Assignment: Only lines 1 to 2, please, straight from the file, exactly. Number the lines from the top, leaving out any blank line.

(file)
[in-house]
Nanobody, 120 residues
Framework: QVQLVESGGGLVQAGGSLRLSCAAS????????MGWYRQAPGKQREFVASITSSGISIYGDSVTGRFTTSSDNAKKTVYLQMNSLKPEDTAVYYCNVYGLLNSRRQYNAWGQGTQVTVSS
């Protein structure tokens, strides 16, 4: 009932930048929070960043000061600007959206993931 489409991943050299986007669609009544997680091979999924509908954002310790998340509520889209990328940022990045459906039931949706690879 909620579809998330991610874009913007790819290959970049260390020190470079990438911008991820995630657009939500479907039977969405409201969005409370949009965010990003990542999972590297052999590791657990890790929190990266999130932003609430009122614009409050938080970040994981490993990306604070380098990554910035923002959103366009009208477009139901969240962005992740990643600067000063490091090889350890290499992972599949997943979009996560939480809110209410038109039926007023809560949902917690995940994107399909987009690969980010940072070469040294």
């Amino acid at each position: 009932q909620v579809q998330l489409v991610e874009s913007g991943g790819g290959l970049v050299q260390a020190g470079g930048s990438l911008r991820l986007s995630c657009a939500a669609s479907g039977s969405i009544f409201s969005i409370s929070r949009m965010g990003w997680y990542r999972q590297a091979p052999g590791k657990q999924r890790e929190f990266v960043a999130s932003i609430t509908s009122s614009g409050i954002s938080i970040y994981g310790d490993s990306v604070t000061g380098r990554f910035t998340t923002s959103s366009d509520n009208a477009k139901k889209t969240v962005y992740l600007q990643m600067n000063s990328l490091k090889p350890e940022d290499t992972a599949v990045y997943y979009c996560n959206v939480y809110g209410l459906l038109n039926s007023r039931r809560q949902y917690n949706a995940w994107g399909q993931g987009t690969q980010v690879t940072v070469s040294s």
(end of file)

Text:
[in-house]
Nanobody, 120 residues